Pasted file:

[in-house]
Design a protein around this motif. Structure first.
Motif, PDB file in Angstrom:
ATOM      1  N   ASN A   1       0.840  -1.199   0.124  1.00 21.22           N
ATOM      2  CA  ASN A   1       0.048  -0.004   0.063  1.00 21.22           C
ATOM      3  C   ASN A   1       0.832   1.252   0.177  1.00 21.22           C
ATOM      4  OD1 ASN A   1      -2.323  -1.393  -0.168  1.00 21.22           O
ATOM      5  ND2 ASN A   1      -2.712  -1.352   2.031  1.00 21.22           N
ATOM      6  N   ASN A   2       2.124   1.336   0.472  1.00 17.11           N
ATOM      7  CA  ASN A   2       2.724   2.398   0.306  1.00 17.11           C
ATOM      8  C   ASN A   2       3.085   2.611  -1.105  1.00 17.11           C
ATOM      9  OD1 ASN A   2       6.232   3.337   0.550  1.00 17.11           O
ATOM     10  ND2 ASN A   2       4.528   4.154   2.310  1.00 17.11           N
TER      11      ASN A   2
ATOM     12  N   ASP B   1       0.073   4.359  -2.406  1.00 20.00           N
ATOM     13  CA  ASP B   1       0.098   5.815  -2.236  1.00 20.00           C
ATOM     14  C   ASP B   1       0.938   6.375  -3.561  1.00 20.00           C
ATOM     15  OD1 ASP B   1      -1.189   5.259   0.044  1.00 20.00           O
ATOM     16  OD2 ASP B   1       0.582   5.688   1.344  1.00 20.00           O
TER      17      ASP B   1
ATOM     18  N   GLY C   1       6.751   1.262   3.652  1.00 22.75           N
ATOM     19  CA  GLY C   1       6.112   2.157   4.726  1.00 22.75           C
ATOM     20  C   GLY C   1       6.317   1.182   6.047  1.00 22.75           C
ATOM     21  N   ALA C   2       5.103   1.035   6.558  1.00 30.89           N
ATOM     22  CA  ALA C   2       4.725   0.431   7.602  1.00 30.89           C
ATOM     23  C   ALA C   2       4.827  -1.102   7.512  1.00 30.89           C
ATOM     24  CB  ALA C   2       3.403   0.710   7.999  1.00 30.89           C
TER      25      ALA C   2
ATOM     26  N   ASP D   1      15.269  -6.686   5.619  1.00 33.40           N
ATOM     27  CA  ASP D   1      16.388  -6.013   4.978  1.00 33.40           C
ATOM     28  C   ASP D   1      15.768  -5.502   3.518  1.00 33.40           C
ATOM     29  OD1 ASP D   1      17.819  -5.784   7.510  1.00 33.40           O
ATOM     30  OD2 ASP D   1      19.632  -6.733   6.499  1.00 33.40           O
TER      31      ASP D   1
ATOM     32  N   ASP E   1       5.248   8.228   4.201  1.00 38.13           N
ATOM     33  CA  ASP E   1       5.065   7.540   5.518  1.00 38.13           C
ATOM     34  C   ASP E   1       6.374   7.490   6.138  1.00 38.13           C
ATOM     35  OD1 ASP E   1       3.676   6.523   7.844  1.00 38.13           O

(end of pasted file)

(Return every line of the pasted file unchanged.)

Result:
[in-house]
Design a protein around this motif. Structure first.
Motif, PDB file in Angstrom:
ATOM      1  N   ASN A   1       0.840  -1.199   0.124  1.00 21.22           N
ATOM      2  CA  ASN A   1       0.048  -0.004   0.063  1.00 21.22           C
ATOM      3  C   ASN A   1       0.832   1.252   0.177  1.00 21.22           C
ATOM      4  OD1 ASN A   1      -2.323  -1.393  -0.168  1.00 21.22           O
ATOM      5  ND2 ASN A   1      -2.712  -1.352   2.031  1.00 21.22           N
ATOM      6  N   ASN A   2       2.124   1.336   0.472  1.00 17.11           N
ATOM      7  CA  ASN A   2       2.724   2.398   0.306  1.00 17.11           C
ATOM      8  C   ASN A   2       3.085   2.611  -1.105  1.00 17.11           C
ATOM      9  OD1 ASN A   2       6.232   3.337   0.550  1.00 17.11           O
ATOM     10  ND2 ASN A   2       4.528   4.154   2.310  1.00 17.11           N
TER      11      ASN A   2
ATOM     12  N   ASP B   1       0.073   4.359  -2.406  1.00 20.00           N
ATOM     13  CA  ASP B   1       0.098   5.815  -2.236  1.00 20.00           C
ATOM     14  C   ASP B   1       0.938   6.375  -3.561  1.00 20.00           C
ATOM     15  OD1 ASP B   1      -1.189   5.259   0.044  1.00 20.00           O
ATOM     16  OD2 ASP B   1       0.582   5.688   1.344  1.00 20.00           O
TER      17      ASP B   1
ATOM     18  N   GLY C   1       6.751   1.262   3.652  1.00 22.75           N
ATOM     19  CA  GLY C   1       6.112   2.157   4.726  1.00 22.75           C
ATOM     20  C   GLY C   1       6.317   1.182   6.047  1.00 22.75           C
ATOM     21  N   ALA C   2       5.103   1.035   6.558  1.00 30.89           N
ATOM     22  CA  ALA C   2       4.725   0.431   7.602  1.00 30.89           C
ATOM     23  C   ALA C   2       4.827  -1.102   7.512  1.00 30.89           C
ATOM     24  CB  ALA C   2       3.403   0.710   7.999  1.00 30.89           C
TER      25      ALA C   2
ATOM     26  N   ASP D   1      15.269  -6.686   5.619  1.00 33.40           N
ATOM     27  CA  ASP D   1      16.388  -6.013   4.978  1.00 33.40           C
ATOM     28  C   ASP D   1      15.768  -5.502   3.518  1.00 33.40           C
ATOM     29  OD1 ASP D   1      17.819  -5.784   7.510  1.00 33.40           O
ATOM     30  OD2 ASP D   1      19.632  -6.733   6.499  1.00 33.40           O
TER      31      ASP D   1
ATOM     32  N   ASP E   1       5.248   8.228   4.201  1.00 38.13           N
ATOM     33  CA  ASP E   1       5.065   7.540   5.518  1.00 38.13           C
ATOM     34  C   ASP E   1       6.374   7.490   6.138  1.00 38.13           C
ATOM     35  OD1 ASP E   1       3.676   6.523   7.844  1.00 38.13           O